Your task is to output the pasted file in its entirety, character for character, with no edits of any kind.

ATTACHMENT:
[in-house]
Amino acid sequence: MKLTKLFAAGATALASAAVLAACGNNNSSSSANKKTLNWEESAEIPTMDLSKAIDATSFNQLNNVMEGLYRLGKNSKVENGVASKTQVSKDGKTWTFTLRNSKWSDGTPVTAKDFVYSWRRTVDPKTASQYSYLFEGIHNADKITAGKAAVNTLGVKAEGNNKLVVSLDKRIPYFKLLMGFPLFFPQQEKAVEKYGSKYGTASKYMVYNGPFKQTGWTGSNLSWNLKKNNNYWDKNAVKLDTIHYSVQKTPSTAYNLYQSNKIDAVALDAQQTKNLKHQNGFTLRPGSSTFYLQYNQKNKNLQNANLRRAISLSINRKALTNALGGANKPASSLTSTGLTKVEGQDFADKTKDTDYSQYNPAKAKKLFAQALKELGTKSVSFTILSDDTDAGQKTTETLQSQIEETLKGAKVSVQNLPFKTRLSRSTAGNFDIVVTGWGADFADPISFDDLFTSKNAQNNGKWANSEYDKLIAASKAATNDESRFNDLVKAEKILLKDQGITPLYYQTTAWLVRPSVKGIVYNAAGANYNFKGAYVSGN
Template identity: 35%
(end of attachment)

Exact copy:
[in-house]
Amino acid sequence: MKLTKLFAAGATALASAAVLAACGNNNSSSSANKKTLNWEESAEIPTMDLSKAIDATSFNQLNNVMEGLYRLGKNSKVENGVASKTQVSKDGKTWTFTLRNSKWSDGTPVTAKDFVYSWRRTVDPKTASQYSYLFEGIHNADKITAGKAAVNTLGVKAEGNNKLVVSLDKRIPYFKLLMGFPLFFPQQEKAVEKYGSKYGTASKYMVYNGPFKQTGWTGSNLSWNLKKNNNYWDKNAVKLDTIHYSVQKTPSTAYNLYQSNKIDAVALDAQQTKNLKHQNGFTLRPGSSTFYLQYNQKNKNLQNANLRRAISLSINRKALTNALGGANKPASSLTSTGLTKVEGQDFADKTKDTDYSQYNPAKAKKLFAQALKELGTKSVSFTILSDDTDAGQKTTETLQSQIEETLKGAKVSVQNLPFKTRLSRSTAGNFDIVVTGWGADFADPISFDDLFTSKNAQNNGKWANSEYDKLIAASKAATNDESRFNDLVKAEKILLKDQGITPLYYQTTAWLVRPSVKGIVYNAAGANYNFKGAYVSGN
Template identity: 35%